I can relate to babies. I get over-stimulated in the supermarket the way babies do. I have a strange aversion to making lists and always believe I’ll be able to take a few minutes to march down each aisle, recognizing all I need to buy. Twenty minutes later, I’m in a zombie trance and have covered less than half the store.
(The hidden benefit to this is that my husband now prefers to get-it-and-go himself, rather than waiting an hour at home for me to return with the family’s groceries.) I don’t even attempt Cosco anymore. I appreciate the convenience of the gigantic store that has everything, but my temperament is better suited to a simpler time long ago (or a more European shopping experience) when one purchased items individually from the butcher, the baker and the candlestick maker.
In a recent parent/infant class a parent asked me about taking a baby on errands. The mother said that her son objected to being placed in the stroller and wouldn’t sit in the little seat in the supermarket grocery cart. It’s not surprising that an infant or toddler dislikes accompanying mom or dad as they rush around doing errands. Babies are eager to move their bodies freely, and participate actively in life. It’s not a baby’s dream to get in and out of a car seat, and then tag along with parents through a blur of faces, sights, sounds and smells. Sometimes, even though it is inconvenient, an infant feels more included when he is held rather than strapped into a seat or carrier.
There will be times when it’s impossible for a tired baby to tolerate a restaurant, shopping trip or other outing. If our baby or child of any age is having a complete meltdown in public, it’s best (if at all possible) to stop what we’re doing and take our child home. This is not only out of politeness to others, it is the kind and thoughtful way to handle someone who is upset. I have left a few full grocery cartloads in the market over the years.
Infant expert Magda Gerber emphasized the importance of a baby’s participation in daily activities like diapering, feeding and bathing. Slowing down to include our child in the tasks that involve him, rather than distracting with a toy, pacifier or food while we hurriedly get the job done, transforms each chore into an intimate learning experience. Our child learns language in a pertinent way with all his senses, “Here’s the yellow washcloth. Would you like to dip it in the warm water?” He also gains confidence as he learns that his cooperation is valued. Rather than being expected to ignore the mysterious things being done to him while he shakes a rattle, he’s encouraged to participate in a mutual experience with another person. A nurturing relationship rooted in respect blooms between caregiver and child.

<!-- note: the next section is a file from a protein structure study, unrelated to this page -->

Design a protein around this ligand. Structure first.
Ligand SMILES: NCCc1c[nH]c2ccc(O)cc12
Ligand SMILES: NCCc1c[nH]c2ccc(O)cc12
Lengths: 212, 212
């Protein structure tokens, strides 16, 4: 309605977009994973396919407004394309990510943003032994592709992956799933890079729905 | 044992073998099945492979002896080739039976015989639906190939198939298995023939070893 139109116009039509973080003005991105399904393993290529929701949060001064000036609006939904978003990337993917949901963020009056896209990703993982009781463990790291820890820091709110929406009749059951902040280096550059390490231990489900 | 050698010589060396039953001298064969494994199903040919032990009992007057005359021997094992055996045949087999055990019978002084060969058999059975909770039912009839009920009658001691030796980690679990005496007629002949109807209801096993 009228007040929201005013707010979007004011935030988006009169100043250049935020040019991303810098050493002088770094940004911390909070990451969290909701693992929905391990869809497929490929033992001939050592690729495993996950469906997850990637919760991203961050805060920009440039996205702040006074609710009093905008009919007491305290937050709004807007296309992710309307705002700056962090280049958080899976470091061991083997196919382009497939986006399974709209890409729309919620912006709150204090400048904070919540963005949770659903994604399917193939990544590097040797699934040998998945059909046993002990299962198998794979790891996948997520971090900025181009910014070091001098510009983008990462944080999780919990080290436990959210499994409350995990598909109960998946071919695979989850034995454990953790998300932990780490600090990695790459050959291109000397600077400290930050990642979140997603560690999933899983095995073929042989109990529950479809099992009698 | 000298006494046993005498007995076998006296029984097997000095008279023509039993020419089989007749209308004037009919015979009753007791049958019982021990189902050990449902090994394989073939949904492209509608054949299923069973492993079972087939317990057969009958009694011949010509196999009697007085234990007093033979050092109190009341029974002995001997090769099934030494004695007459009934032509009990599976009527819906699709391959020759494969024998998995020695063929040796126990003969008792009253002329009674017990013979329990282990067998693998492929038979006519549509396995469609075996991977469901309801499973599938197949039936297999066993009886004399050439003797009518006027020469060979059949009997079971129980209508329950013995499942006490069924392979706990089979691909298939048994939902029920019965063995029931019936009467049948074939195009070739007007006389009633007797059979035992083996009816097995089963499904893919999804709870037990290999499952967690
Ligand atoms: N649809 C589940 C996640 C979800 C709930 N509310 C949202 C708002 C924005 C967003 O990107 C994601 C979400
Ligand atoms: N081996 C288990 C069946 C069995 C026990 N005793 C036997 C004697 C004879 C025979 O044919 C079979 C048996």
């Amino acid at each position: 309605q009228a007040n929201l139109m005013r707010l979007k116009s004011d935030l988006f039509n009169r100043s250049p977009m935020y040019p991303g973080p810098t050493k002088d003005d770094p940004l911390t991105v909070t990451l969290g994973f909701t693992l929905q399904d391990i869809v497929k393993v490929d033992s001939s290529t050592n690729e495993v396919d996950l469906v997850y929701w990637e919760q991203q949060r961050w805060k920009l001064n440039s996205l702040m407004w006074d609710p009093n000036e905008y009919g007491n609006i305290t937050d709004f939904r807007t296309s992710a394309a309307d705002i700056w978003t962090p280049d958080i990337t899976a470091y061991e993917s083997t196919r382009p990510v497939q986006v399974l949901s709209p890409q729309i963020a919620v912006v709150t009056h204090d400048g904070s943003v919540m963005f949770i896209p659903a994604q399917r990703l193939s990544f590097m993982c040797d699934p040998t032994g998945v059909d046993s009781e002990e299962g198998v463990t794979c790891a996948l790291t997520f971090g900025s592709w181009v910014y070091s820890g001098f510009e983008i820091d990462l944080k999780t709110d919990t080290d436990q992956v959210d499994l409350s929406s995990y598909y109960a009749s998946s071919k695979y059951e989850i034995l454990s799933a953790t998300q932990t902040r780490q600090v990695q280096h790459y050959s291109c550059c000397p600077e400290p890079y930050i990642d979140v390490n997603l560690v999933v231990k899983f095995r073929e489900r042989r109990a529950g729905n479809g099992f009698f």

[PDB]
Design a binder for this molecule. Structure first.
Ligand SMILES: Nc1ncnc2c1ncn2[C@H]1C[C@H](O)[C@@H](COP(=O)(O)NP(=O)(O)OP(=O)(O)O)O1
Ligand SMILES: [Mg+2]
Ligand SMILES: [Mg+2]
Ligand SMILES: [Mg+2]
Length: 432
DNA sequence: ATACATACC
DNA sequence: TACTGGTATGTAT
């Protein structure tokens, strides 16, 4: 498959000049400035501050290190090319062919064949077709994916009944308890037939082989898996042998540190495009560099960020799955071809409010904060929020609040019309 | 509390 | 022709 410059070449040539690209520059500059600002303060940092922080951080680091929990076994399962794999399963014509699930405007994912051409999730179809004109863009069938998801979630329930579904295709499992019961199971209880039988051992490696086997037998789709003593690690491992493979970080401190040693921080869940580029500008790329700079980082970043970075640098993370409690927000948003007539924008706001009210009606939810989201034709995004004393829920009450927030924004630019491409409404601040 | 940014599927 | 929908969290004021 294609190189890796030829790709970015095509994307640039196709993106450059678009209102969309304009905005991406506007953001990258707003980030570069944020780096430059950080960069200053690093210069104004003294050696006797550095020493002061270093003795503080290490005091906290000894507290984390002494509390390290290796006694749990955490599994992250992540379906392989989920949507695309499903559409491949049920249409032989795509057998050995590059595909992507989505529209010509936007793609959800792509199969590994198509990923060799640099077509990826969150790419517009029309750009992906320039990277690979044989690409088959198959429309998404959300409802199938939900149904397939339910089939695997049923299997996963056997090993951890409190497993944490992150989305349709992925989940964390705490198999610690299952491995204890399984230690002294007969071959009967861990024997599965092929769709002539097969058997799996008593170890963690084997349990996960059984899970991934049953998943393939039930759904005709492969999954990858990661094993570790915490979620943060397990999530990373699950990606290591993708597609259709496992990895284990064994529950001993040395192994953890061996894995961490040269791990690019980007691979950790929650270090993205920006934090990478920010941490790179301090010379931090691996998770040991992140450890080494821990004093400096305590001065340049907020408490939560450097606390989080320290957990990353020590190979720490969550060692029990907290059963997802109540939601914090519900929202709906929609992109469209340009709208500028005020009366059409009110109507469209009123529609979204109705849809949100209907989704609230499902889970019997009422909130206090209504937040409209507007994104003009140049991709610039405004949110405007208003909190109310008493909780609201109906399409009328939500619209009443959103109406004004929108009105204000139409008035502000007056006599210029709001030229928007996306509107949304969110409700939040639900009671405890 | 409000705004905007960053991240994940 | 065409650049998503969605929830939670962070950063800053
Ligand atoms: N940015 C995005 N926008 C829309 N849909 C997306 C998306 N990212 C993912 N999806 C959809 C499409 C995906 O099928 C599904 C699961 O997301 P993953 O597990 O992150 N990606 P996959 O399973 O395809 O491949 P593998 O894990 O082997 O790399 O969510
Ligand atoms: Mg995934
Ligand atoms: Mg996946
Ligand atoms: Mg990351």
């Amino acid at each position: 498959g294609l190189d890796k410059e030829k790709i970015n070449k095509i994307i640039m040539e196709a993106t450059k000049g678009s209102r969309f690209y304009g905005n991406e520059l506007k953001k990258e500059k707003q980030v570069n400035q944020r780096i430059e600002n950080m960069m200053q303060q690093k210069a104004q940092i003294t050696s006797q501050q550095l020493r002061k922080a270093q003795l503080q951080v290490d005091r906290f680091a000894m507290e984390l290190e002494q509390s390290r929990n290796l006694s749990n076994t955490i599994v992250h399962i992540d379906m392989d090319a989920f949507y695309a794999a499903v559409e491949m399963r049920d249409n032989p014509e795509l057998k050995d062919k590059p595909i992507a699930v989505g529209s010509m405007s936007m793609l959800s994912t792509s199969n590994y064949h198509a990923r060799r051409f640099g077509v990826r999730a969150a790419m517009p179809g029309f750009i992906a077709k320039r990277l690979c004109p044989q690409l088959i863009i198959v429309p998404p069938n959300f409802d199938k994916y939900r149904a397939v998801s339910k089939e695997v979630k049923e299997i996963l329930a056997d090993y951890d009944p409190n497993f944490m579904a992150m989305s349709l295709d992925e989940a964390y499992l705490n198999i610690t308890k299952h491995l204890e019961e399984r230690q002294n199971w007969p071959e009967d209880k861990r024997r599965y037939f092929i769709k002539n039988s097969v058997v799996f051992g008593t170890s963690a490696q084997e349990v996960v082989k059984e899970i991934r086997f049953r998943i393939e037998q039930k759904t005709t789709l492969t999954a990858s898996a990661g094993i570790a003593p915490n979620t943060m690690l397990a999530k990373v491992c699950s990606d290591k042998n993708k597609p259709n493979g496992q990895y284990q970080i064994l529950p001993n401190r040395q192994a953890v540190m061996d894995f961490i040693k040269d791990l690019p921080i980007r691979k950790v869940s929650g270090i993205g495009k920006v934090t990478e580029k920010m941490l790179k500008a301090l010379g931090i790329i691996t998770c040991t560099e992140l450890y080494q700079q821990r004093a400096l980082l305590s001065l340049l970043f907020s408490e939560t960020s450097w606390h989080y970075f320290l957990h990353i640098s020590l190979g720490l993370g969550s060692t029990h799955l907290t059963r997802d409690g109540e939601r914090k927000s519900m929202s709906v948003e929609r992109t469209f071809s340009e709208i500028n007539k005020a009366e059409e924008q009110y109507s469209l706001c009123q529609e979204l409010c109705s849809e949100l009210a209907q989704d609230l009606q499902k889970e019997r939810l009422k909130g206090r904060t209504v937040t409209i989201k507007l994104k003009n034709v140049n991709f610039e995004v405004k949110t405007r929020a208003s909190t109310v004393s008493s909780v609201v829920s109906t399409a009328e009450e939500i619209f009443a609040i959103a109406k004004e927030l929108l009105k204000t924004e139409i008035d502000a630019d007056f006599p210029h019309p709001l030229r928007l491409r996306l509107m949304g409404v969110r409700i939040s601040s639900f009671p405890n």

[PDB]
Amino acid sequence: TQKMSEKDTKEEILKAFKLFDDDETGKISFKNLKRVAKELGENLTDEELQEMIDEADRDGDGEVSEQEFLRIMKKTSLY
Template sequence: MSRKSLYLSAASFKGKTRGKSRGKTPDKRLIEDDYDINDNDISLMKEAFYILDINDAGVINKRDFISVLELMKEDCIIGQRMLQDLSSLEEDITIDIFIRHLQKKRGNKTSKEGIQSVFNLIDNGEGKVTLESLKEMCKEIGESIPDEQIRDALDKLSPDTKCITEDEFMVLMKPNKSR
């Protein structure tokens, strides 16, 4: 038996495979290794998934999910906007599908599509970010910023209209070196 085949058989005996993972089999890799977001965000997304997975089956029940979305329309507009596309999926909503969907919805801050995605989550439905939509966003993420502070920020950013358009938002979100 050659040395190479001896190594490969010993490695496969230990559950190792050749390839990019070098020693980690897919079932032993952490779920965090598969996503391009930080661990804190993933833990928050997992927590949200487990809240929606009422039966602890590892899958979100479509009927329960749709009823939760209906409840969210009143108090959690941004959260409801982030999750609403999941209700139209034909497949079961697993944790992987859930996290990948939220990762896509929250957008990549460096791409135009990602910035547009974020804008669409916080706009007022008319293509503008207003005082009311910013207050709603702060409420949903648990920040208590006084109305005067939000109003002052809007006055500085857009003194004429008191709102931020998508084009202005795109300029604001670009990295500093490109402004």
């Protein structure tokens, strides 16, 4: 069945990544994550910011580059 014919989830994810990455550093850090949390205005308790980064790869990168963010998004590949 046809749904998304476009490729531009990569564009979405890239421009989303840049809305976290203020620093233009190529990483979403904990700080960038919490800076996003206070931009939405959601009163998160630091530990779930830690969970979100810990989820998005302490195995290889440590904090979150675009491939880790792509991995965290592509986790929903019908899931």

A young child has little opportunity to participate in a trip to the market or post office, but if we have no choice but to bring the baby along, I believe in making a concerted effort to stop and smell the roses. We do this when we slow down, adjust our perspective and see the world through our child’s eyes. Rather than focusing on “making it work” by pacifying and directing our baby every minute, we let go of our agenda a little and share in the wonder of learning, imagining our child’s thoughts and responding more than dictating.
Let’s imagine we are in the supermarket. Instead of ignoring our baby as we rush around, or placating him with a box of cereal and saying, “Look at all these bright colors…hold this,” we take note that our baby is staring at a bounteous stack of oranges in the produce section. We wait while he takes in the view. If he’s still staring we might say, “You are looking at the oranges. Would you like to touch an orange?”
Sometimes we find a new appreciation for life when we slow down. Adults are used to hurrying. A child teaches us to downshift, and take in all that surrounds us in a new way. When my children were little there were countless times that I stopped and asked myself, “Why am I rushing?” Most of the time it was just a habit of expedience, and my children would then inspire me to stop and enjoy.
When my second daughter was 3 and 4 she loved to weigh produce in the market. I was impatient with her desires at times, but in retrospect I realize that she was giving herself math and science lessons as she noted the weights of the cantaloupe and the bag of broccoli.
Our children’s fascinations may surprise us, but when possible we should try to accommodate their interests. A mother in my parent/toddler class shared an ‘aha’ moment. Carrie had been out running errands with her toddler, Angus. Angus began to get grumpy. Carrie had the idea that she could cheer him by introducing him to horses at a nearby stable. When they exited the car, Angus noticed a gravel walkway. He was intrigued with the pebbles and squatted down to examine them.
Carrie, still in rush-mode, could not wait to show him the horses. She fidgeted impatiently for a minute. Then, when she was just about to call to him to follow her, she stopped. “Who is this about?” she asked herself. “Angus is content pursuing his interests. I came here for him. I’m the one who is anxious to move on to the horses.” She decided to allow Angus to linger as long as he wished. As she began to relax, she realized that the other items on her agenda could be postponed until another day. Several minutes later they took a walk to the stables and Angus saw his first horse, the sight of which excited him almost as much as the pebbles.
When I have the choice, I would much rather zip around alone to take care of errands. But when my children are with me, I try to take full advantage of their presence. I gain insights about my children when I observe their interests. I slow down and open my mind to an unbiased, innocent, ‘in the moment’ view of life. It feeds my soul.
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